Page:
New research shows a link between daily caffeine consumption and a common eye disease. The international multi-center study has found that consuming large amounts of caffeine daily can increase the risk of glaucoma more than three-fold.
The research conducted by the Icahn School of Medicine at Mount Sinai is the first to show a dietary-genetic interaction in glaucoma. Published in the journal Ophthalmology, the study results suggest patients with a strong family history of glaucoma should cut down on caffeine intake.
Glaucoma is the leading cause of blindness in the United States, so new research is important to find risk factors and possible treatment options. This new research looked at the impact of caffeine and intraocular pressure (IOP), which is pressure inside the eye. Elevated IOP is a major risk factor for glaucoma. However, other factors do contribute to this condition.
For the study, a team of researchers used the UK biobank to analyze records of more than 120,000 participants between 2006 and 2010. All participants were between the ages of 39 and 73 years old and were required to provide health records along with DNA samples. Each participant answered repeated dietary questionnaires focusing on how many caffeinated beverages they drink daily and how much food containing caffeine they consume. They also had to answer questions about family history of glaucoma. Three years from the beginning of the study, all participants had their IOP and eye measurements checked.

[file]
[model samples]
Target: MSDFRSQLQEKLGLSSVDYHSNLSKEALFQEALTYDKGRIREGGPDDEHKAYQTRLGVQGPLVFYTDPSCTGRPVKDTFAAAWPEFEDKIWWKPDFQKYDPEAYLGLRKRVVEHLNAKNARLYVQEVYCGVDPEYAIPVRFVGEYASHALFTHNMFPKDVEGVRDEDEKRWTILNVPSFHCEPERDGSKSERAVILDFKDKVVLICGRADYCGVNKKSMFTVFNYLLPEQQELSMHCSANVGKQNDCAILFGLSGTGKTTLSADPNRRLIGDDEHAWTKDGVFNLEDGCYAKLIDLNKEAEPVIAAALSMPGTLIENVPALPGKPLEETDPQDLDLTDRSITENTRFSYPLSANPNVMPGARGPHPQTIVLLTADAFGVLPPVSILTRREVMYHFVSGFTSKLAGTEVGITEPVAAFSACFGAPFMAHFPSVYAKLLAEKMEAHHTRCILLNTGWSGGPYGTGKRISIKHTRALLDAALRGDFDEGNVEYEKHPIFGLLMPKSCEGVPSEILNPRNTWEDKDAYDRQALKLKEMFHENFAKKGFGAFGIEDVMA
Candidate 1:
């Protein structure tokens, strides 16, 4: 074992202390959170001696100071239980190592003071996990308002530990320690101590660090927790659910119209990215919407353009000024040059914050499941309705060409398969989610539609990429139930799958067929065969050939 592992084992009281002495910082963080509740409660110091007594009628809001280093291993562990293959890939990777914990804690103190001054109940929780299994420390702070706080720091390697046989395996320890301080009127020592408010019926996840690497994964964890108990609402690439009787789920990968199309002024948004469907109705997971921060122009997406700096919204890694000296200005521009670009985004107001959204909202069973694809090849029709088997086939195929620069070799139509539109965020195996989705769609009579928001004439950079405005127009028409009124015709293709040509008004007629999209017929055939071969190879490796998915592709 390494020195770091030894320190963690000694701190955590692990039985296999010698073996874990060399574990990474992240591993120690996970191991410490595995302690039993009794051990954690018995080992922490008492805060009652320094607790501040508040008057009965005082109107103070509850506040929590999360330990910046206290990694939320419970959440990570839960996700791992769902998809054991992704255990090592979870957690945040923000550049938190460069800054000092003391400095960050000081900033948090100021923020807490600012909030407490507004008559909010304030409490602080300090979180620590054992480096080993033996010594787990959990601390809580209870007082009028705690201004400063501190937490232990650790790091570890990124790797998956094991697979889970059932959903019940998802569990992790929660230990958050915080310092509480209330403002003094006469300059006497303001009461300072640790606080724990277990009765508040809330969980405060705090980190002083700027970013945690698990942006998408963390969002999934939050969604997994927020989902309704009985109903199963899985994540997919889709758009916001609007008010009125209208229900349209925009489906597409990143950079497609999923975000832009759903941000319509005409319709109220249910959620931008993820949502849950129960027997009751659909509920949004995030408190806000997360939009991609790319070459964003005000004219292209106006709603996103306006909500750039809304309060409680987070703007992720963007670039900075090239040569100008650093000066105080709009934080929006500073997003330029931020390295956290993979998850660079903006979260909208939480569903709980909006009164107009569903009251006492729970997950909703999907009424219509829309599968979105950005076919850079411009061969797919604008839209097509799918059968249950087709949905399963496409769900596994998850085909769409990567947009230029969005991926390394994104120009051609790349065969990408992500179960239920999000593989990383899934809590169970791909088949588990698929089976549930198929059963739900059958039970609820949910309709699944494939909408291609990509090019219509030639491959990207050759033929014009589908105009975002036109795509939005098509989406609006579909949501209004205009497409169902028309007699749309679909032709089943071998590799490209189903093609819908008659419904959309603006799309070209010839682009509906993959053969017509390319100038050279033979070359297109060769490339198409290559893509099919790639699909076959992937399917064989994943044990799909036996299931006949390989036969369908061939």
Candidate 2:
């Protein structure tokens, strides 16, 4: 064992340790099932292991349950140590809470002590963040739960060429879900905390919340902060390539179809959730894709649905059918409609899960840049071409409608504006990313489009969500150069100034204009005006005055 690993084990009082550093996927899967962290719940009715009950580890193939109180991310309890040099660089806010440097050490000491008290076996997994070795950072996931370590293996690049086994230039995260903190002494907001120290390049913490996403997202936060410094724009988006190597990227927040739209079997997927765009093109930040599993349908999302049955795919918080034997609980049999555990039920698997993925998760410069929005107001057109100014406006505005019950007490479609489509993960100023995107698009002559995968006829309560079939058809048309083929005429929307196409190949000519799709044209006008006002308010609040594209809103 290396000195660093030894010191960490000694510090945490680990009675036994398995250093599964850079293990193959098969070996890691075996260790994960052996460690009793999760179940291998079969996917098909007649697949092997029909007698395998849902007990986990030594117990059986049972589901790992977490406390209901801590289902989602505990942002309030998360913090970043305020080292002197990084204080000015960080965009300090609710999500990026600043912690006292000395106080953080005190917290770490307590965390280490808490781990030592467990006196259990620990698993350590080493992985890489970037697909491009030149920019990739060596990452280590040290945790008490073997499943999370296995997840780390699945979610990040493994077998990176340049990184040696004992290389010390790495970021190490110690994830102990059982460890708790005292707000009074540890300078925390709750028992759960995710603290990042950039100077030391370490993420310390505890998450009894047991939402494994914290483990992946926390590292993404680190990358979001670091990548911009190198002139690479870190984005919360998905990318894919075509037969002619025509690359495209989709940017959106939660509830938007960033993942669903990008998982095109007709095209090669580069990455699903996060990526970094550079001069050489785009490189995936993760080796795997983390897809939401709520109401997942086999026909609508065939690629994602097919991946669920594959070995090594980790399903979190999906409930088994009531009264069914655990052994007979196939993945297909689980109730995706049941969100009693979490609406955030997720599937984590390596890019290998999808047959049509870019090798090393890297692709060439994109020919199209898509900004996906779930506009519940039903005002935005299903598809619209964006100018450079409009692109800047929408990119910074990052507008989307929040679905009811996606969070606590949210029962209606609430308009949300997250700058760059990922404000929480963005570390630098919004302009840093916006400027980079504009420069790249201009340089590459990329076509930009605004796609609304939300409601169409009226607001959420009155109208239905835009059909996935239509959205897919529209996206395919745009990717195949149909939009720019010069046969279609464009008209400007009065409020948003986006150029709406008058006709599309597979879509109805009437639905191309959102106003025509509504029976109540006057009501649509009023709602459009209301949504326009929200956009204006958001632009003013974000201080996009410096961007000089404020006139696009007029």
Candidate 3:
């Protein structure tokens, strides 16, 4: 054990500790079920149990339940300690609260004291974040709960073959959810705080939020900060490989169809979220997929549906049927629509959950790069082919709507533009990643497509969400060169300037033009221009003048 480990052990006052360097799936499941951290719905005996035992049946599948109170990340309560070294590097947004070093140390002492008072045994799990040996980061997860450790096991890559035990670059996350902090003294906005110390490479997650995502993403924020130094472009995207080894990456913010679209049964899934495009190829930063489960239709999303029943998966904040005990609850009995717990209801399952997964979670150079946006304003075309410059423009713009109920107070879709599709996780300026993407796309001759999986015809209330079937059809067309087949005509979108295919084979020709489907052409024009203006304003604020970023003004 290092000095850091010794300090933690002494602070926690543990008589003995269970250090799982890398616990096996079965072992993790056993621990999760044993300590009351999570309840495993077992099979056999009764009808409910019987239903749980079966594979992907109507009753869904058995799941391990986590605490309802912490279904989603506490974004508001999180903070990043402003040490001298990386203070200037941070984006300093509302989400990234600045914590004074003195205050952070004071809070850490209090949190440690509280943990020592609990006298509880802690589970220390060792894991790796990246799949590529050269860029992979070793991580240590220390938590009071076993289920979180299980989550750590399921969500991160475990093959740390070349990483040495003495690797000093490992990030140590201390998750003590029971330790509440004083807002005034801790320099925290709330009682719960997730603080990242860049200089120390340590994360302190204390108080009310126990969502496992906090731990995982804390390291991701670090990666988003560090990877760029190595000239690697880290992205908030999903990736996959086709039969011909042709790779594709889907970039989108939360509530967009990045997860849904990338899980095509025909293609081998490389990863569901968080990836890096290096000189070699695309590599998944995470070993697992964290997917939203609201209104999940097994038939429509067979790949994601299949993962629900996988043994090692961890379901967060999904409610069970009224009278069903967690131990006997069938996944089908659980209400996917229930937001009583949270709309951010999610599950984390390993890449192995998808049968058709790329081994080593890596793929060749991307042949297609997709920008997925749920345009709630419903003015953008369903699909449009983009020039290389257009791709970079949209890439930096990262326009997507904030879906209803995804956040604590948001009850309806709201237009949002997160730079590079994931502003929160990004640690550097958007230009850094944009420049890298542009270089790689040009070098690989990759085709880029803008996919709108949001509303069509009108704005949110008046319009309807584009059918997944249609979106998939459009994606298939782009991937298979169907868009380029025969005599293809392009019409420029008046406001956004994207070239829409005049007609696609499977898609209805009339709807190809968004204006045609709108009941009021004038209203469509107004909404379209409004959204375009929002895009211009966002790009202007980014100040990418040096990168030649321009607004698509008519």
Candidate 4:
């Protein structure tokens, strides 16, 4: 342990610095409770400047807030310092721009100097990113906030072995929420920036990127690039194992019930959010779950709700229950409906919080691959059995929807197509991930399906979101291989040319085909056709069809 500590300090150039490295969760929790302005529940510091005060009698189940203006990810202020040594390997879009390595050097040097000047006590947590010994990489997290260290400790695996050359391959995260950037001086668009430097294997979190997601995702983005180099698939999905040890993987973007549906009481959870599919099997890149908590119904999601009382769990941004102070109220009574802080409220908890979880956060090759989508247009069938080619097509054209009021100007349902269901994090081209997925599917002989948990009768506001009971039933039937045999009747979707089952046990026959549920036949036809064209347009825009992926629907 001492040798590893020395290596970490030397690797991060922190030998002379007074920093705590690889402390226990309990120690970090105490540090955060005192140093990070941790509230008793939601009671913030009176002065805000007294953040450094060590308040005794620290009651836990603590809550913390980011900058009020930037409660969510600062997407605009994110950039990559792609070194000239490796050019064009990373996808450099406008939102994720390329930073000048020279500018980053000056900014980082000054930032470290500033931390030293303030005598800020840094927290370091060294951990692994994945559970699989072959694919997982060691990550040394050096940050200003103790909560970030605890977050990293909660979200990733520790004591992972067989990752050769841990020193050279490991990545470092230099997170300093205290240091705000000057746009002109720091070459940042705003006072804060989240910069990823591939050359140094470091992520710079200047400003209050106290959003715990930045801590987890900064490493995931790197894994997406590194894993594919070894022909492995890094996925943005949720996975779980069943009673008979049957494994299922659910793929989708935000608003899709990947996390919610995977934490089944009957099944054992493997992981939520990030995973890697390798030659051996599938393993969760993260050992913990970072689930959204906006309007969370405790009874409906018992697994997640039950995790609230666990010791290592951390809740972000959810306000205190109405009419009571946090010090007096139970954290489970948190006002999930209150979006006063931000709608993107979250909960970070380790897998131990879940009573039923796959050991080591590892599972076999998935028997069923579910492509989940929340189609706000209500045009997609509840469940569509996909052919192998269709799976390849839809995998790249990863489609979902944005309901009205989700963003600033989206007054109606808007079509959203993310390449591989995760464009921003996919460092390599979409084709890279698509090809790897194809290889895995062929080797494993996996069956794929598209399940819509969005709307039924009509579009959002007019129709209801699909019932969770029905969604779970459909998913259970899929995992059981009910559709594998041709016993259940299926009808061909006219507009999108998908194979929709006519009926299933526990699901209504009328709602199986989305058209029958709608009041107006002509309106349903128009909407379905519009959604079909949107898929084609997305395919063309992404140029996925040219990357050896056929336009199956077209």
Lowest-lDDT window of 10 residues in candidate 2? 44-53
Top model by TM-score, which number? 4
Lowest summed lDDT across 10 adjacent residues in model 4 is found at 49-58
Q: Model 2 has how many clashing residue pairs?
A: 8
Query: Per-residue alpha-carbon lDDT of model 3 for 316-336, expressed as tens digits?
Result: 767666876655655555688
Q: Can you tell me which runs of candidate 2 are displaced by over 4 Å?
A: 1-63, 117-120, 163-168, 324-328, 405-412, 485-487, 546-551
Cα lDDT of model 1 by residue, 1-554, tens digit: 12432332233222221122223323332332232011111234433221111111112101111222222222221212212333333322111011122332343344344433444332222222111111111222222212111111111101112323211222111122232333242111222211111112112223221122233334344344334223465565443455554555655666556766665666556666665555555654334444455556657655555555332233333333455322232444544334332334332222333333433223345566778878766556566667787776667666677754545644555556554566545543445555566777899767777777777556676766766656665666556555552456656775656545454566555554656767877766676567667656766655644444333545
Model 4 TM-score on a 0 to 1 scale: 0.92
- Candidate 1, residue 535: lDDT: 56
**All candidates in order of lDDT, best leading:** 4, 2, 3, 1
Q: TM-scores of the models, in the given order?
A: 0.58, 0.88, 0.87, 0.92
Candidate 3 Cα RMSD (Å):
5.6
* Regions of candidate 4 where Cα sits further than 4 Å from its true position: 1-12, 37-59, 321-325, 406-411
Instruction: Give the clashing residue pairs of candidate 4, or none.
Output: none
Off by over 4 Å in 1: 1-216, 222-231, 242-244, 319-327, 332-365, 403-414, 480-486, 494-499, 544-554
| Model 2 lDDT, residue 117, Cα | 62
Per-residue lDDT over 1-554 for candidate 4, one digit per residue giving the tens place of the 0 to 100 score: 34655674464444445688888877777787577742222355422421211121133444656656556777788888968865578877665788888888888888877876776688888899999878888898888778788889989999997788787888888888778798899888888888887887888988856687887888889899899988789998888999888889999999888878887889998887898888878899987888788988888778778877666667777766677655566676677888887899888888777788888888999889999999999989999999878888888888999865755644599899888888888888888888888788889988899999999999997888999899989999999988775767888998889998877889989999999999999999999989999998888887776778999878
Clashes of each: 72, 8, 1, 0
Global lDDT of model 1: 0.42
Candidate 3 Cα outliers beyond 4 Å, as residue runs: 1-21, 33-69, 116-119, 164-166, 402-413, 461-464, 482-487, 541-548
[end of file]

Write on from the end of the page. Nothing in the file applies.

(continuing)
The relationship between caffeine intake, IOP, and self-reported glaucoma was determined by running a multivariable analysis. Genetic data were assessed for any modifications.
No Overall Association
It was found that high caffeine intake was not associated with an increased risk for higher IOP or glaucoma overall. However, among patients with a high genetic predisposition to elevated IOP, greater caffeine consumption was associated with a higher risk of glaucoma.
Specifically, those who consumed the highest amount of daily caffeine (approximately four cups of coffee) had a three-fold higher risk for glaucoma compared to those who drink or minimal caffeine in the lowest genetic risk group.
One of the dangers of glaucoma is that typically patients experience few or no symptoms until the disease progresses and they have vision loss. For those with a genetic predisposition to eye pressure from the eye disease, this study helps to show the importance of avoiding caffeine.